FANDOM


KOKI-TV, virtual channel 23 (UHF digital channel 22), is a Fox-affiliated television station licensed to Tulsa, Oklahoma, United States. The station is owned by the Cox Media Group subsidiary of Atlanta-based Cox Enterprises, as part of a duopoly with independent station KMYT-TV (channel 41); KOKI and KMYT are, in turn, co-owned with local radio stations KRMG (740 AM and 102.3 FM), KRAV-FM (96.5), KWEN (95.5 FM) and KJSR (103.3 FM), as well as local cable television provider Cox Communications.

KOKI and KMYT share studios on East 27th Street and South Memorial Drive (near W. G. Skelly Park) in the Audubon neighborhood of southeast Tulsa; the two stations also share transmitter facilities on South 273rd East Avenue (between 91st Street South and 101st Street South, next to the Muskogee Turnpike) in the western city limits of Coweta. On cable, KOKI is available on Cox Communications channel 5 in standard definition and digital channel 1005 in high definition.[1]

HistoryEdit

As an independent stationEdit

The UHF channel 23 allocation—which had been dormant since a short-lived attempt to revive its original occupant, KCEB, by original licensee Elfred Beck foundered in September 1967—was contested between two groups that vied to hold the construction permit to build a new television station on the frequency. The first prospective permittee was Wilson Communications, owned by Detroit businessman and Buffalo Bills owner Ralph Wilson, which filed an application with the Federal Communications Commission (FCC) on July 7, 1978. The second applicant, Tulsa 23, Ltd. (originally Channel 23 Tulsa, Ltd.), filed on September 5; that group—led by managing partner Benjamin F. Boddie and James Lavenstein, who would go on to serve as KOKI-TV's original general manager—primarily consisted of prominent local corporate executives and community leaders that included Helmerich & Payne CEO Walter H. Helmerich II, and former Williams Companies CEOs John H. Williams and Charles P. Williams (the latter two of whom were also responsible for the redevelopment of over nine square blocks and 1,000,000 square feet (93,000 m2) of new office and retail construction in downtown Tulsa, including the establishment of the Williams Center, the Bank of Oklahoma Tower and the Tulsa Performing Arts Center). The FCC granted the license to the Tulsa 23 venture on December 12, 1979.[2][3][4]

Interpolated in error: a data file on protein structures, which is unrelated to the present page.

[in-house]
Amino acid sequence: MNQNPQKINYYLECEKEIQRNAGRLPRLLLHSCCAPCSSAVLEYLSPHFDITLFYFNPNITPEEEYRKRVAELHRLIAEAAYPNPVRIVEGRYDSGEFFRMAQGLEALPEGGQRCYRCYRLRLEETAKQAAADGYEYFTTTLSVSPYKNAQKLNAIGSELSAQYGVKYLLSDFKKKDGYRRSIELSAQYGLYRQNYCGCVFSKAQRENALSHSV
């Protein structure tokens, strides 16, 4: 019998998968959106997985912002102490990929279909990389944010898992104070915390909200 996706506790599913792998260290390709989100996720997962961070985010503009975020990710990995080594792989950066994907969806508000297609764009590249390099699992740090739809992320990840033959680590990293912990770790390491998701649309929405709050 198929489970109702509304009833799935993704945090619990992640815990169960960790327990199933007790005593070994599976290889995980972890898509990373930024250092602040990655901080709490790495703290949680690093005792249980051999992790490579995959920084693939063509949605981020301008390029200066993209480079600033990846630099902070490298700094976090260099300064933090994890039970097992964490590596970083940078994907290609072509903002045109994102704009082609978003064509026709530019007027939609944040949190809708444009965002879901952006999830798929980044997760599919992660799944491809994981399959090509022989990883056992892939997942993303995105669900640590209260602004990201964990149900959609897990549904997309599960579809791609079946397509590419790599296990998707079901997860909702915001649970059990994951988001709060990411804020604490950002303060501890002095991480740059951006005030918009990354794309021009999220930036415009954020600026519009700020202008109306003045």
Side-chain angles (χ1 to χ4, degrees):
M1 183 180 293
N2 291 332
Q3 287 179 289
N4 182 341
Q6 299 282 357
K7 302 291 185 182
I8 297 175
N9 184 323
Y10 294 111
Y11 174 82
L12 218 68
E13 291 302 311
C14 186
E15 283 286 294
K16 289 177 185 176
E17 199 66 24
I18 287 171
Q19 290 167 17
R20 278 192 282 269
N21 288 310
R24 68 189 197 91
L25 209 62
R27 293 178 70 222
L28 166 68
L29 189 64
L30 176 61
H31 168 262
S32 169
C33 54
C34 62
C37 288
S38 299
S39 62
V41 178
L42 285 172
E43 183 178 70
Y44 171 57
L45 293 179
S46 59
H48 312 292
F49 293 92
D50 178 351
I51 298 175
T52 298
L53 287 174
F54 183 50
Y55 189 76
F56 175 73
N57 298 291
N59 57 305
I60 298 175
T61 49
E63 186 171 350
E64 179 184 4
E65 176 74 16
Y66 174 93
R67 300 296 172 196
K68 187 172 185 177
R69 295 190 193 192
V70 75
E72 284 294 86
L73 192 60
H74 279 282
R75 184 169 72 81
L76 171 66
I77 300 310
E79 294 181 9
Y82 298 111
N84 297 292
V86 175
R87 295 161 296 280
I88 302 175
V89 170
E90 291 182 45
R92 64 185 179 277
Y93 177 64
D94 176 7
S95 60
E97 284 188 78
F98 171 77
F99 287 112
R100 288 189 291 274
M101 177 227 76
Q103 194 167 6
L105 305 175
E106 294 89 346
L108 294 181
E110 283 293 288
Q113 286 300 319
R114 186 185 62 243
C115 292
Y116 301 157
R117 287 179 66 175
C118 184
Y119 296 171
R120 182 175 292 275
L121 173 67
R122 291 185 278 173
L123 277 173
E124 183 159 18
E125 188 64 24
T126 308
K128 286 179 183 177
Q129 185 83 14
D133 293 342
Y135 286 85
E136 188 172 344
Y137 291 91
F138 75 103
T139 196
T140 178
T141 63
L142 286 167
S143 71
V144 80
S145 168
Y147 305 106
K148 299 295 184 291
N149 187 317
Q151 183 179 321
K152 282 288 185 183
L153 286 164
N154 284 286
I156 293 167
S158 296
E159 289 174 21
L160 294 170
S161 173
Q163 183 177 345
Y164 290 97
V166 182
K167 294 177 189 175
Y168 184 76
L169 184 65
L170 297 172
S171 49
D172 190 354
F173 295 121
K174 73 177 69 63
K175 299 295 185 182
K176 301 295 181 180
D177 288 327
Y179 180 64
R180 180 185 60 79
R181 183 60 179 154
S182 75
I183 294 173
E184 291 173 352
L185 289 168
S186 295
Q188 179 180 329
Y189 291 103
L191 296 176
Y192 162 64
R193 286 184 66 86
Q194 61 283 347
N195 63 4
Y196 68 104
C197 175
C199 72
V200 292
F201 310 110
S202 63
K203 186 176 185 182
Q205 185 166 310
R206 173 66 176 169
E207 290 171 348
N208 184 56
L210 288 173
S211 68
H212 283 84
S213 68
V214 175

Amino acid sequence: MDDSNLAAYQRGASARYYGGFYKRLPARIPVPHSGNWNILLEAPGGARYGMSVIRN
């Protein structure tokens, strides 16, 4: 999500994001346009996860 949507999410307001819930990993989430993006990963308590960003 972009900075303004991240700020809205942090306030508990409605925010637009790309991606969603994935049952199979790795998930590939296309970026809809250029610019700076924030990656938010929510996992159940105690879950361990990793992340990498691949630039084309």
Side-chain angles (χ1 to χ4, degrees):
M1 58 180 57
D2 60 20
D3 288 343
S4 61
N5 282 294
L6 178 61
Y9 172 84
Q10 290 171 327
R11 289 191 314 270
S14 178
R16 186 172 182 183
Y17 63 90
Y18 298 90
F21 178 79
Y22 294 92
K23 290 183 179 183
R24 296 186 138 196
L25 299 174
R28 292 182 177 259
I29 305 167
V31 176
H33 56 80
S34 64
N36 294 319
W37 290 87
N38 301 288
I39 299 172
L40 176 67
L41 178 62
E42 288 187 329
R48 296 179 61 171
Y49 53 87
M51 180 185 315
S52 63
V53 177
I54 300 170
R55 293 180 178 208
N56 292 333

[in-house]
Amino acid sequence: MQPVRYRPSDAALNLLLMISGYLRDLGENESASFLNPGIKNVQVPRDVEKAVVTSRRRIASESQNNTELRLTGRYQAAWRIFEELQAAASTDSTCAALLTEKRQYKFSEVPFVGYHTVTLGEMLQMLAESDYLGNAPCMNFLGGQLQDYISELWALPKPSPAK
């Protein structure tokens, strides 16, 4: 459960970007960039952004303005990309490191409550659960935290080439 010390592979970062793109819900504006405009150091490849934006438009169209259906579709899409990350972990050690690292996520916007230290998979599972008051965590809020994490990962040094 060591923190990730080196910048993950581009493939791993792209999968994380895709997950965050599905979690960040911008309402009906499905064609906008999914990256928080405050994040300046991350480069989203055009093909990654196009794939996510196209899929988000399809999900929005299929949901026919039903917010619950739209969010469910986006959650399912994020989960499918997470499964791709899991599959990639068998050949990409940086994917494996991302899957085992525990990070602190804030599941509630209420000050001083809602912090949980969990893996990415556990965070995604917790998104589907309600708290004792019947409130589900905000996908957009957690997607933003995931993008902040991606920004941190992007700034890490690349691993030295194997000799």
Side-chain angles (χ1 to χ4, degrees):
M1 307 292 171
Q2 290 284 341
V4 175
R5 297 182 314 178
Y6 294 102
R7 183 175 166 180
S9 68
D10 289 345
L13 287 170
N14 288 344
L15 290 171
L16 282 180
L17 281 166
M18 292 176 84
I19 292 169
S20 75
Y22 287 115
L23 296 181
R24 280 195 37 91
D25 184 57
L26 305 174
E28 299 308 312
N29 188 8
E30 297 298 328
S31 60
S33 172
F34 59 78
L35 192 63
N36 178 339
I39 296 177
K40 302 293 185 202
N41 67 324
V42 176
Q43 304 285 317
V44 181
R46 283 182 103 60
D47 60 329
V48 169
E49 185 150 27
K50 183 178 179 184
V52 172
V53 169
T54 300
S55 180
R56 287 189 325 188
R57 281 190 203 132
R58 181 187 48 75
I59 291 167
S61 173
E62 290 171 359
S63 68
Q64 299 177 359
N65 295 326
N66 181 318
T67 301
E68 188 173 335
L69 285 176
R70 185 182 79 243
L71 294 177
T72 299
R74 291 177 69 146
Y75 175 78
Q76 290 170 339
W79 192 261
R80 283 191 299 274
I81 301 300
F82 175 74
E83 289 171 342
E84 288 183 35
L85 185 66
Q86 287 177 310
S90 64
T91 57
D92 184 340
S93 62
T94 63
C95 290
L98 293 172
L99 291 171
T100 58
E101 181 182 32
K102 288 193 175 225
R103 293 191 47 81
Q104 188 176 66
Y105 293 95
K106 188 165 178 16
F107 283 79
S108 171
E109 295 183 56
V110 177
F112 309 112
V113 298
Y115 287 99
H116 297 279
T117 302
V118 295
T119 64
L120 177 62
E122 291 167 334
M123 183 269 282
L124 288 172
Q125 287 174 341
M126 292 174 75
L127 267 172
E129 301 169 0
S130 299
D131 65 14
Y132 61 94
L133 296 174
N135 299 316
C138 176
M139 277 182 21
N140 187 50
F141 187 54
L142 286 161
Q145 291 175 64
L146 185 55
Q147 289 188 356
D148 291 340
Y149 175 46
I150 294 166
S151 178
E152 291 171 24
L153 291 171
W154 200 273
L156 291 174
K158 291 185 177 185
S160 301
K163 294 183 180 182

KOKI-TV signed on the air on October 26, 1980, a date chosen by Lavenstein at the suggestion of marketing and promotions manager Richard Enderwood, as it coincided with Enderwood's birthday. It was the first commercial television station to sign on in the Tulsa market since NBC affiliate KVOO-TV (channel 2, now KJRH-TV) signed on 26 years earlier on December 5, 1954, and the first independent station to begin operation in a market that, on paper, had a large enough population to provide suitable viewership for an independent station since the early 1970s. The station—which was then branded as "Tulsa 23," accompanied by a futuristic logo in which the numerical "23" was construed as the "LS" in "Tulsa"—originally operated from studio facilities located on East 46th Place (between Memorial Drive and Sheridan Road) in southeast Tulsa, which was fitted with used transmission equipment acquired second-hand from various other American television stations. The station operated on a lean budget, maintaining a general entertainment programming format that featured a mix of classic sitcoms, westerns and drama series, cartoons, and a limited number of sports events and religious programs. The Tulsa 23 partnership purchased programming at low cost, and tailored its schedule to appeal to older and rural demographics, leaving much of the higher-rated and more recent syndicated content to be acquired by its network-affiliated competitors, KJRH, CBS affiliate KOTV (channel 6) and ABC affiliate KTUL (channel 8). KOKI was opportunistic with its programming acquisitions on occasion, and picked up broadcast rights to college and major league sporting events.[5]